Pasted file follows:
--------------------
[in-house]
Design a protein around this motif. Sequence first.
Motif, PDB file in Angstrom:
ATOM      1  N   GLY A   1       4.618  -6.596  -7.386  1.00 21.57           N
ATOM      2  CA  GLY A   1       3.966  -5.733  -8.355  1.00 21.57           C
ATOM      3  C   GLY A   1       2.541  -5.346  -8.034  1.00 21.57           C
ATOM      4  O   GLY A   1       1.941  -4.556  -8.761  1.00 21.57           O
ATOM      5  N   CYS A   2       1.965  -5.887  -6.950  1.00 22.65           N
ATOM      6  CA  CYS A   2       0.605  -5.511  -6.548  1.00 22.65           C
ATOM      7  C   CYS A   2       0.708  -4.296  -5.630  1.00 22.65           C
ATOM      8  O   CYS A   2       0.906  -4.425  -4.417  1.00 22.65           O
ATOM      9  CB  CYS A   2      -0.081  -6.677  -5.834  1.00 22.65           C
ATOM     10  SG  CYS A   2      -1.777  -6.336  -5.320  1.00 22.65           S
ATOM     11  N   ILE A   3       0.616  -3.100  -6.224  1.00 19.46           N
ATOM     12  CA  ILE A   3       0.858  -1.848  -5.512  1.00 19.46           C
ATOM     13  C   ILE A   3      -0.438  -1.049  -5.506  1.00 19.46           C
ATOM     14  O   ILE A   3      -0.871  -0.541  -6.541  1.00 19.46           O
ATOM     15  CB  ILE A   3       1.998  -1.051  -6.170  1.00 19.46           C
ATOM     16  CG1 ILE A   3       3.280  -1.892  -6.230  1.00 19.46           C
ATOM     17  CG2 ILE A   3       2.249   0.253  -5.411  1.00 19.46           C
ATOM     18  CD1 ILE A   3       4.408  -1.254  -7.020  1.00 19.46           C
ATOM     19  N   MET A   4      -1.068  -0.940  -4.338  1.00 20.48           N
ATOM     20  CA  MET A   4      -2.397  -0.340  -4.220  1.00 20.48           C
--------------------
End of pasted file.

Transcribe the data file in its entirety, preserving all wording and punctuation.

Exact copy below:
[in-house]
Design a protein around this motif. Sequence first.
Motif, PDB file in Angstrom:
ATOM      1  N   GLY A   1       4.618  -6.596  -7.386  1.00 21.57           N
ATOM      2  CA  GLY A   1       3.966  -5.733  -8.355  1.00 21.57           C
ATOM      3  C   GLY A   1       2.541  -5.346  -8.034  1.00 21.57           C
ATOM      4  O   GLY A   1       1.941  -4.556  -8.761  1.00 21.57           O
ATOM      5  N   CYS A   2       1.965  -5.887  -6.950  1.00 22.65           N
ATOM      6  CA  CYS A   2       0.605  -5.511  -6.548  1.00 22.65           C
ATOM      7  C   CYS A   2       0.708  -4.296  -5.630  1.00 22.65           C
ATOM      8  O   CYS A   2       0.906  -4.425  -4.417  1.00 22.65           O
ATOM      9  CB  CYS A   2      -0.081  -6.677  -5.834  1.00 22.65           C
ATOM     10  SG  CYS A   2      -1.777  -6.336  -5.320  1.00 22.65           S
ATOM     11  N   ILE A   3       0.616  -3.100  -6.224  1.00 19.46           N
ATOM     12  CA  ILE A   3       0.858  -1.848  -5.512  1.00 19.46           C
ATOM     13  C   ILE A   3      -0.438  -1.049  -5.506  1.00 19.46           C
ATOM     14  O   ILE A   3      -0.871  -0.541  -6.541  1.00 19.46           O
ATOM     15  CB  ILE A   3       1.998  -1.051  -6.170  1.00 19.46           C
ATOM     16  CG1 ILE A   3       3.280  -1.892  -6.230  1.00 19.46           C
ATOM     17  CG2 ILE A   3       2.249   0.253  -5.411  1.00 19.46           C
ATOM     18  CD1 ILE A   3       4.408  -1.254  -7.020  1.00 19.46           C
ATOM     19  N   MET A   4      -1.068  -0.940  -4.338  1.00 20.48           N
ATOM     20  CA  MET A   4      -2.397  -0.340  -4.220  1.00 20.48           C